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Whelp, if you’re a box office nerd like me, today is an exciting day. For the first time in 18 years, James Cameron has been dethroned as the all-time leader of the box office. Since 1997, Titanic and then Avatar in 2009, have reigned as the top two films in domestic history (Avatar at #1 and Titanic at #2).

But Star Wars: The Force Awakens today passed Avatar. Here’s where we stand (keep in mind, this top 10 isn’t adjusted for inflation):

top ten

Let’s check it: three Star Wars films, including the latest, four comic book movies (two Avengers and two Batman flicks, respectively), the sequel/reboot to the formerly #1 box office film ever (1993’s Jurassic Park), Jurassic World, and then Cameron’s two insanely successful films.

But here’s the crazy statistic: Force Awakens accomplished this feat in a mere 20 days, compared to Avatar’s 318 days and two releases. That’s remarkable and astounding.

So what’s next? $800 million is a definite lock and as you can tell, it would mark the first domestic film to reach that milestone without accounting for inflation. Then, it’s about whether it can make it to $900 million and beyond. I certainly think $900 million could be within shouting distance.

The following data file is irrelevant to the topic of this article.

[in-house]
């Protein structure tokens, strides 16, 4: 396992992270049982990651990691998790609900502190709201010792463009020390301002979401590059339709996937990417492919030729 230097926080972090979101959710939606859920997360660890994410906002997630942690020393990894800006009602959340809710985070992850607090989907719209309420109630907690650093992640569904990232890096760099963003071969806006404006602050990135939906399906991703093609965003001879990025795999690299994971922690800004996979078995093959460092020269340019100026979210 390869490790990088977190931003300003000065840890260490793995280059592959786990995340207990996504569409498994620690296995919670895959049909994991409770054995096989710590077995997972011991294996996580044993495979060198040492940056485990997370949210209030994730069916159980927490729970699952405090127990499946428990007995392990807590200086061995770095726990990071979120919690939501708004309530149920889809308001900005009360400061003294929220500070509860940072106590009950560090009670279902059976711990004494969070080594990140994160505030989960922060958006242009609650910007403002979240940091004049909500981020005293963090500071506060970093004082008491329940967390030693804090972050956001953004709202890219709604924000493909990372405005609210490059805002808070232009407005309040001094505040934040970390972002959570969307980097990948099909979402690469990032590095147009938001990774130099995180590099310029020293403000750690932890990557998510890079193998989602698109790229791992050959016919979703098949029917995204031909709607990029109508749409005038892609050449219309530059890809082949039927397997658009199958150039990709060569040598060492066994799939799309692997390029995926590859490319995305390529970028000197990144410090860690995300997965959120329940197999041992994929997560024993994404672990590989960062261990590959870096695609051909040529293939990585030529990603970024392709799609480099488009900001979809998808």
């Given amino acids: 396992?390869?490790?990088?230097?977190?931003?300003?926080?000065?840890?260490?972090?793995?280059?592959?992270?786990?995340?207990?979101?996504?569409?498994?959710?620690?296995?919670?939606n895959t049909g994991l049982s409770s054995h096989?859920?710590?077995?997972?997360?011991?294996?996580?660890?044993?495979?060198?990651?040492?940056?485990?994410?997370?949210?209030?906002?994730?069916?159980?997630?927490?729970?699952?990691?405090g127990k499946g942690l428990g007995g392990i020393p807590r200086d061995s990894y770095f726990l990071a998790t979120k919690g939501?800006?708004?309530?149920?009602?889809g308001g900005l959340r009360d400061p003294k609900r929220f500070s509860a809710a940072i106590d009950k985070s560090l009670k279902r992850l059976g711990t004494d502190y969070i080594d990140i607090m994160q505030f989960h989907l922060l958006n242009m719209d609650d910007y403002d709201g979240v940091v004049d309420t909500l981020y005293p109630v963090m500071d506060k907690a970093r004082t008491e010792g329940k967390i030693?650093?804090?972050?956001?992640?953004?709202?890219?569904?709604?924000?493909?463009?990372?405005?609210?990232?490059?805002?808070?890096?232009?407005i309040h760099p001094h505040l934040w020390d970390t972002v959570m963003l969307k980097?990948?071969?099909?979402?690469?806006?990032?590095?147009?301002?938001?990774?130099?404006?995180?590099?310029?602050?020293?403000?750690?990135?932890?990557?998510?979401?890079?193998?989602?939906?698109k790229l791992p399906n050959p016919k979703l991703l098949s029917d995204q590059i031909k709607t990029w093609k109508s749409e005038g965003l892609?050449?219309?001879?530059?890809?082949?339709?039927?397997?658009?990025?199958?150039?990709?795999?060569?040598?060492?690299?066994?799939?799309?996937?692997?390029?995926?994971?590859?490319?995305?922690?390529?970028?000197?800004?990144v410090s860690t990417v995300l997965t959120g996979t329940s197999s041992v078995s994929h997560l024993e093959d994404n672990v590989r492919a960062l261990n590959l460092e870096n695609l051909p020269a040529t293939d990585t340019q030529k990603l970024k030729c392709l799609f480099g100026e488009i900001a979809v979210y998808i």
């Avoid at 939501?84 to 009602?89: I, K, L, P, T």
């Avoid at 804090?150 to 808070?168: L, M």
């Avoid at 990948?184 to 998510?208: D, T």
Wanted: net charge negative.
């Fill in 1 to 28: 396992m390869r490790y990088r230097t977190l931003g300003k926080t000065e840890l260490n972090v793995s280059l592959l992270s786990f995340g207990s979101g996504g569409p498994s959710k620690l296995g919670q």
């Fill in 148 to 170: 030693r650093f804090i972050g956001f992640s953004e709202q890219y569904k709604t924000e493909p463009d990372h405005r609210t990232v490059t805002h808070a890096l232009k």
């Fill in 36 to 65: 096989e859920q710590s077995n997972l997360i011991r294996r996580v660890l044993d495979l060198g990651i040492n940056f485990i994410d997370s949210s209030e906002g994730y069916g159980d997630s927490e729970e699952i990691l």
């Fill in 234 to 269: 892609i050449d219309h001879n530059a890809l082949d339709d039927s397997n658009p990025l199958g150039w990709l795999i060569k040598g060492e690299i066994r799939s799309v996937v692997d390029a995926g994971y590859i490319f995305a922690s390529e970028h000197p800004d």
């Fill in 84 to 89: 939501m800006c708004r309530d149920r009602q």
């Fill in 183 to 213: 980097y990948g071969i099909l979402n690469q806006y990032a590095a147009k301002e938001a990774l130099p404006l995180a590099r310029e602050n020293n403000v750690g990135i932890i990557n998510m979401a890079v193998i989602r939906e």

Let’s look at the adjusted for inflation chart:

Star Wars1.PNG

To even be in this top 20 is astounding. To be in the top 20, as Star Wars: The Force Awakens is, after only 20 days of release is astonishing.

I think it has a real shot of cracking just the outside of the top 10, which would mean grossing over $860 million, surpassing 101 Dalmatians. As for cracking the top 10, passing Snow White and the Seven Dwarfs’ $938 million is a tall order, but not totally unbelievable.

Finally, again, to return to the international take, as I’ve said prior, Star Wars just ain’t gonna top Avatar’s global total. It just doesn’t have the international pull. Even if it overwhelms predictions in China, it still won’t be enough to compensate. Still, it could top Titanic’s $2.1 billion since $2 billion for Star Wars seems like a lock, but an additional $600-$700 million? Nah.

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